(Postmarked April 5th, 1918)
My dear Brother:-
I’m going to surprise you. I’ll bet you think I can’t write letters any day but Sunday — but I can. I meant to write yesterday but had company so I couldn’t, but I received your letter yesterday and it’s nicer to be able to answer it.
The piece you spoke of, “Just a Baby’s Prayer at Twilight” I have now. I received your letter at noon and Ransom was going to H.F. in the after noon so he went to Riley’s and asked if they had it in the Victor records. It was just out, in the April list, so he brought it home last night. It is sung by Henry Burr and is certainly BEAUTIFUL. I’d like to hear it sung by Elsie Baker though — or “Helen”, wouldn’t you? The other side of the record is pretty too, it’s “On the Road to Home Sweet Home” sung by Percy Himns. Do you know it? The chorus is like this “There’s a light that�s burning, For “Some one” out there, There’s a loving hand to guide him Where e’er he may roam Back again to “Peaceful Valley” On the road to Home Sweet Home.”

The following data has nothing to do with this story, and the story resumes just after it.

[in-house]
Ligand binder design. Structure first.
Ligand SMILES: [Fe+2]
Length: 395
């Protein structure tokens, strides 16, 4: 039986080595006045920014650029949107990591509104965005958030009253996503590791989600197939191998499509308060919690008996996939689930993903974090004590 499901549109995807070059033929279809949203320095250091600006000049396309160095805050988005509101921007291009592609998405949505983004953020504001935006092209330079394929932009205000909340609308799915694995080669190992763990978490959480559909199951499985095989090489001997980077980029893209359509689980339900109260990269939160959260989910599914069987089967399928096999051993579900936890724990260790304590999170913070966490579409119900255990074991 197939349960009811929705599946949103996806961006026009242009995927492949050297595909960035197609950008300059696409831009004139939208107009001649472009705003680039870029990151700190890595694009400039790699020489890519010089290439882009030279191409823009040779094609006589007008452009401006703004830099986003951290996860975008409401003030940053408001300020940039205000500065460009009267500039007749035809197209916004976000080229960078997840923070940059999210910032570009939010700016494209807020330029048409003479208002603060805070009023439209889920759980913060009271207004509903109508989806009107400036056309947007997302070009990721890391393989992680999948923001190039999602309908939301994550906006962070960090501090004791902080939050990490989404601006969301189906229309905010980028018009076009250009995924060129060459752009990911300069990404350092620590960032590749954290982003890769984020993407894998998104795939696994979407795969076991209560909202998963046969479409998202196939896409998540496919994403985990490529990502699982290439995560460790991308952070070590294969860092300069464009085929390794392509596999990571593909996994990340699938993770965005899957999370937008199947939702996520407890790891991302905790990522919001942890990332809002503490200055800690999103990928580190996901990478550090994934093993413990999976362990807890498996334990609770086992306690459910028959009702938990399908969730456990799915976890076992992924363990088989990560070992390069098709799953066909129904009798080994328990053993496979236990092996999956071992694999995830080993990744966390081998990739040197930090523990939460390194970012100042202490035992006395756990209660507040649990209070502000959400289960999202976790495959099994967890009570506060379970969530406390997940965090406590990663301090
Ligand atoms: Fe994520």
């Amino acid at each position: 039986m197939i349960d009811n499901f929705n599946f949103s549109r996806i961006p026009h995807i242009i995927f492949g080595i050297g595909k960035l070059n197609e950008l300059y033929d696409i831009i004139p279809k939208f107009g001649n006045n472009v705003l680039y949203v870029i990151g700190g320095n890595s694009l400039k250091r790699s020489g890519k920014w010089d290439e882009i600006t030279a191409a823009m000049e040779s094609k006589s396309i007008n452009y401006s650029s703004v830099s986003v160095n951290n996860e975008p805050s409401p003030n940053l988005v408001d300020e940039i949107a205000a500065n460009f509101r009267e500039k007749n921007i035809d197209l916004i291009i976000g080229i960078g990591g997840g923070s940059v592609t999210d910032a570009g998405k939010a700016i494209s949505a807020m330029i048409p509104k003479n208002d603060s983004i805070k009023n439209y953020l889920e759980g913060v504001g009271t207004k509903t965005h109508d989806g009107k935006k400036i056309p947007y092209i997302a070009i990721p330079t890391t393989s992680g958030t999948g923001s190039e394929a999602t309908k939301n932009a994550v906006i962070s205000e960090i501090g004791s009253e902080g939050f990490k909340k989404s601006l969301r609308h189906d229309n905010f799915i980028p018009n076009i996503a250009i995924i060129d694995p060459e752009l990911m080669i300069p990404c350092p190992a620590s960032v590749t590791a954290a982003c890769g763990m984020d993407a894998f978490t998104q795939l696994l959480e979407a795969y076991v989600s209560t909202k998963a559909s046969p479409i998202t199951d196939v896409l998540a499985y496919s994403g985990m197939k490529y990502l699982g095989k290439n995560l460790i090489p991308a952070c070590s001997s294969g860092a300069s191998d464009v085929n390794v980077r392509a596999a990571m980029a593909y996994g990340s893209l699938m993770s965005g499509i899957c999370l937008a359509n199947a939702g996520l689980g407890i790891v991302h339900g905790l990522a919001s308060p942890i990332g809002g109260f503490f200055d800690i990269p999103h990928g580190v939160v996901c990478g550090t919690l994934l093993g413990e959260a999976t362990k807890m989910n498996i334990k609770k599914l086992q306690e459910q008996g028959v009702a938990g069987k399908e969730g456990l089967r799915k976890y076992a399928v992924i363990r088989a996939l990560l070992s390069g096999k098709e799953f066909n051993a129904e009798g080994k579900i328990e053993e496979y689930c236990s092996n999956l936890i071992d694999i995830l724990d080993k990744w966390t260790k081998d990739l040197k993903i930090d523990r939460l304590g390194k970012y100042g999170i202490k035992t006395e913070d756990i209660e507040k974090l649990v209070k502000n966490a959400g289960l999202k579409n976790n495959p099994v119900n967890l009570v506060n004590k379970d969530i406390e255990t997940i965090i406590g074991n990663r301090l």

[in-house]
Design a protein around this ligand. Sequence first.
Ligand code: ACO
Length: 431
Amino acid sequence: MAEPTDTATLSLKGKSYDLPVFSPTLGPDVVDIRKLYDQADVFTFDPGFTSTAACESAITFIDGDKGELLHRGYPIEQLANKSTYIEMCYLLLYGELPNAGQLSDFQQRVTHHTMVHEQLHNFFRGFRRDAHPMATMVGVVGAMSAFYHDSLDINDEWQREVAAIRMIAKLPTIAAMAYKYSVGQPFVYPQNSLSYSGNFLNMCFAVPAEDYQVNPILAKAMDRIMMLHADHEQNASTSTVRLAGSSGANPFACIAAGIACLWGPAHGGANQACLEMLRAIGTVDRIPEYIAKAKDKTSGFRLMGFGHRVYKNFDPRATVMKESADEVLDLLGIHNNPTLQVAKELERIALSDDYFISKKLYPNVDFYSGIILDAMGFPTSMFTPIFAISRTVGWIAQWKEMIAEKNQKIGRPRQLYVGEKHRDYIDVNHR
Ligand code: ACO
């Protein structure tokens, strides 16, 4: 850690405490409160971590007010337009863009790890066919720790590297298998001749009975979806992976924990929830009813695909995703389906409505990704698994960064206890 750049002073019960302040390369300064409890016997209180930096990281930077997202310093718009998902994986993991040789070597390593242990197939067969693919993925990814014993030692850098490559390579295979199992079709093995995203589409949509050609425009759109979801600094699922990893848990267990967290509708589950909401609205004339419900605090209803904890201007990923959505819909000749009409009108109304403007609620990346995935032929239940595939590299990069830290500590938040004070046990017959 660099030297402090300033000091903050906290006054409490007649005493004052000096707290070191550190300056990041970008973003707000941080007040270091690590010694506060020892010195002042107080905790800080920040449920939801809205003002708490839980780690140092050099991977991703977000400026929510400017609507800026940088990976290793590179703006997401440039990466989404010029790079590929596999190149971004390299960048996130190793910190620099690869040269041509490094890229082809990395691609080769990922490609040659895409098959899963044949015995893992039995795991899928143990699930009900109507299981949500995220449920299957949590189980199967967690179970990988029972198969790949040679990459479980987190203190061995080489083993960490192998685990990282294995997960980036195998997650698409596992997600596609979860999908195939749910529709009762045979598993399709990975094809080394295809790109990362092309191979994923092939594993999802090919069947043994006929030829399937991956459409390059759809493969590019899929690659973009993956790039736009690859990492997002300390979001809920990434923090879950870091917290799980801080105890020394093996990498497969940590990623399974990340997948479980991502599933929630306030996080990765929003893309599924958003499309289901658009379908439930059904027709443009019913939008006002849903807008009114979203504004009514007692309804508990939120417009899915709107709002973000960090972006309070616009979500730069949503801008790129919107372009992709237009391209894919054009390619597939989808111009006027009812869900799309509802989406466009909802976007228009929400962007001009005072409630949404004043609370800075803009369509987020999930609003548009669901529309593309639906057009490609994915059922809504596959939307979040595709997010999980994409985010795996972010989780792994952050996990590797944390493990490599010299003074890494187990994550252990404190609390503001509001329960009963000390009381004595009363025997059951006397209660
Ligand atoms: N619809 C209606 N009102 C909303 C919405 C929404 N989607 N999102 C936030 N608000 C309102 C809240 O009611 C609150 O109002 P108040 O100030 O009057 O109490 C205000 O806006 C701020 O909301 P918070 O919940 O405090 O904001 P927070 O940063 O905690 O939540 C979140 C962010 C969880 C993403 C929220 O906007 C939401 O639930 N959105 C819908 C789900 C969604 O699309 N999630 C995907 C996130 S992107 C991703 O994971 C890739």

Now as to those letters, I’m afraid you are trying to fool me. I picked up the one that was postmarked “Montreal” and thought, “surely that can’t be THE Montreal letter” — and surely it wasn’t. Why can’t you send one of those or one from Syracuse? I told Bessie how my curiosity had been aroused and she says to send one of THOSE home and she’ll come over to help me read it. But never mind I enjoyed the one you did send. The ones for the Boston lady were particularly interesting. I won’t worry about you at all as long as your correspondents are like those two. In fact, I’m not worrying about it any way, you know “there’s safety in numbers”. I think I should like Mrs. Martin but she won my heart before this by being so nice to you.
Well guess it’s nearly mail time and I’ve run on enough for this time any way. We get our mail by auto now and it arrives about noon.
You haven’t said when you were coming home.
With best love
Shall I return those letters or keep them for you till you come home?